Bob Livingston, who represented Louisiana’s first congressional district from 1977 to 1999, touched on the June 14, 2017, shooting that almost proved fatal for Scalise. On that day, Scalise and other members of Congress were practicing ahead of the annual Congressional Baseball Game when James Hodgkinson, a left-wing activist, opened fire. Scalise was shot in the hip and suffered fractured bones, injury to internal organs and internal bleeding.
“Steve Scalise was saved by the heroic response from Capitol policemen David Bailey and Crystal Griner,” Livingston said. “He fought for his life and returned for Congress, inspiring the nation with his resilience and his optimism. Throughout his recovery, he’s been moved by the outpouring of prayer and support he’s received from the American people, particularly from Louisiana, but also from leaders around the world.”
Bailey, who was present at the gala as part of Scalise’s security detail, received a standing ovation from the crowd.
In welcoming Scalise to the podium, Sean Duffy, ex officio for the Propeller Club and executive director of the Big River Coalition, echoed Livingston.
“I remember a very somber morning last year when my wife called me to tell me about an incident in Washington and that my friend had been shot,” Duffy said. “This state was praying for you. We depend on you. So when it was time for this award to come out, there really was only one choice.”
Addressing the crowd, Scalise was fast to spotlight the significance of the maritime industry not only to Louisiana but also to the entire country.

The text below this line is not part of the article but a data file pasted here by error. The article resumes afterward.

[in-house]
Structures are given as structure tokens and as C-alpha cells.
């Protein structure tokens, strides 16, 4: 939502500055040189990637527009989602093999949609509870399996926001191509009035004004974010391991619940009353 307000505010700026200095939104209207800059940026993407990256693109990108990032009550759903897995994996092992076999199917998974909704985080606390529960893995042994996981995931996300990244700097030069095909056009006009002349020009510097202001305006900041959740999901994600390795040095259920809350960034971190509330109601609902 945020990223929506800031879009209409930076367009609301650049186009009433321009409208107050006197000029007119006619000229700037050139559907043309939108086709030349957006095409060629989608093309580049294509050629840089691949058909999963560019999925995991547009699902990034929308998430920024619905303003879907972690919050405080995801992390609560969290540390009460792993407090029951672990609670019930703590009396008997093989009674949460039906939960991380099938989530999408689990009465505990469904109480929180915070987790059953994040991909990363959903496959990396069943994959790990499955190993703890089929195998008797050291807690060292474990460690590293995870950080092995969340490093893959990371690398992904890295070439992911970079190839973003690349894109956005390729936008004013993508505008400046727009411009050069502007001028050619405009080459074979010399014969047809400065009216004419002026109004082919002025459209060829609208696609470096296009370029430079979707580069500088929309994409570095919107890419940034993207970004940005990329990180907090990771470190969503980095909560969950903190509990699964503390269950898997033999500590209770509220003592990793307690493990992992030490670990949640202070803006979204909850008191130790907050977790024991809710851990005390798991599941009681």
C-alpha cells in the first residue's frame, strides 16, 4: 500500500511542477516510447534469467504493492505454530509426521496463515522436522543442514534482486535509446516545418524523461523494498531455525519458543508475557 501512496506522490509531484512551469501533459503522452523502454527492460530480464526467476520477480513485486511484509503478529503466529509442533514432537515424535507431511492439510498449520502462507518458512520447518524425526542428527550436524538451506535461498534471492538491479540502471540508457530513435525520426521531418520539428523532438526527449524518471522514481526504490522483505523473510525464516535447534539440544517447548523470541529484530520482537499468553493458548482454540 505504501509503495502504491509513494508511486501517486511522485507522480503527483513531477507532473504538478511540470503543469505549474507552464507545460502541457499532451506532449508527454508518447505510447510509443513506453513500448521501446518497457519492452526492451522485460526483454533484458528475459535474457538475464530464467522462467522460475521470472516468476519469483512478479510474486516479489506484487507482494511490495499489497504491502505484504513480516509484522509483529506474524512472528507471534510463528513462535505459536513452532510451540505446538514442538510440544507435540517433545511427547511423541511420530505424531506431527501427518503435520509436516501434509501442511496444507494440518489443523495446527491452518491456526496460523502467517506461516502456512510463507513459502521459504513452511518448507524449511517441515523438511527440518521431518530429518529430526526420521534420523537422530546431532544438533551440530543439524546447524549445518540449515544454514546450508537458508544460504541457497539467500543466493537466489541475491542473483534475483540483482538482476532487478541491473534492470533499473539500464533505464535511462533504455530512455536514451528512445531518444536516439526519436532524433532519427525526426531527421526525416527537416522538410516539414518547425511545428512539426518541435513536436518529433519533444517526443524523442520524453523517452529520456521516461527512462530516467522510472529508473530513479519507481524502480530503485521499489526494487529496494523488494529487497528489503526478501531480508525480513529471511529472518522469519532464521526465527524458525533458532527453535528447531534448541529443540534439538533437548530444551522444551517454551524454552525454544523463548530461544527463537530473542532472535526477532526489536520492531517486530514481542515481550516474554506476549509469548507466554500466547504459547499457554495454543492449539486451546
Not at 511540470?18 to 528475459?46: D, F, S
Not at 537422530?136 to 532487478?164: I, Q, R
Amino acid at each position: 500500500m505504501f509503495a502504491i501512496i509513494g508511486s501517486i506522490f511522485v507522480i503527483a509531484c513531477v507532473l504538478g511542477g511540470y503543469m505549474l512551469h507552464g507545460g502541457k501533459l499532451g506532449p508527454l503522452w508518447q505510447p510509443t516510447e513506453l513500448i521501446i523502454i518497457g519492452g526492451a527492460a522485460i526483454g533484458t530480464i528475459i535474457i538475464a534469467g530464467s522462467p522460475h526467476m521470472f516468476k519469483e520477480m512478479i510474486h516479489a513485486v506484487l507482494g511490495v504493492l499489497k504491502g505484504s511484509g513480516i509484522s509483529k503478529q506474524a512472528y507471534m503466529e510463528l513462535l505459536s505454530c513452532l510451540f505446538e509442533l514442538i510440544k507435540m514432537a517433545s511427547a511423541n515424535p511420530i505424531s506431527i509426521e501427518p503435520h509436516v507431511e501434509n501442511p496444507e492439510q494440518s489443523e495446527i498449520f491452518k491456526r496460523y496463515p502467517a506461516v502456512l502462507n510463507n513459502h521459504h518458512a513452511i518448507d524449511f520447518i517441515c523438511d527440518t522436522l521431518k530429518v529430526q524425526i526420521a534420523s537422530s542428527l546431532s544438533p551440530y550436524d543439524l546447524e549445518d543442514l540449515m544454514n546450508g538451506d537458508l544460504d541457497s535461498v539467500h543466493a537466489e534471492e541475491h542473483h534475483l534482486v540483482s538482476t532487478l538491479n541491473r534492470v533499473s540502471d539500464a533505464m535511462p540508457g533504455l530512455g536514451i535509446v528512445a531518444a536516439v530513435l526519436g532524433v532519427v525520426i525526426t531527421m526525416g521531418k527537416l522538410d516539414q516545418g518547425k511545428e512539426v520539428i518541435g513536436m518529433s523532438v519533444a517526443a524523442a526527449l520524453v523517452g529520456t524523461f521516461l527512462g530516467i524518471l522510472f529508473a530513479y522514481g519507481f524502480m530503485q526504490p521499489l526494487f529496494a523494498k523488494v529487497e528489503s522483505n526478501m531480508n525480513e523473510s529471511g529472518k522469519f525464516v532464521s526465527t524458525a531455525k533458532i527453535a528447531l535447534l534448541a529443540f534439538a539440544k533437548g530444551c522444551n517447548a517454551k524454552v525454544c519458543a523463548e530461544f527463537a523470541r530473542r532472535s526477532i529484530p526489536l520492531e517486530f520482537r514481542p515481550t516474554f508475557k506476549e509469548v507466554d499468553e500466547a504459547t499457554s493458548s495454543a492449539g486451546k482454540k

“The Port of New Orleans and the things that move through our waterways in Louisiana—this industry represents over 50,000 jobs to the State of Louisiana,” Scalise said. “Those are direct jobs, and we’re talking $11 billion-plus of economic activity. So this is a major industry for our state, and it’s also critically important to our country.”
Scalise then touched on issues related to the maritime industry with which he’s involved. First, he emphasized the importance of the Jones Act.
“Every country in the world has some kind of cabotage laws,” he said. “What it means to the United States is, No. 1, national security.”
Scalise compared it to aviation laws, which prevent foreign airlines from flying between domestic airports.
“We don’t allow that to happen because it’s a real concern about our national security,” he said. “We want to know who the people are who are moving people around this country. On the same token, that’s why the Jones Act is so important, to have that set of rules for America, so we know who’s moving goods throughout the inland waterways in this country.”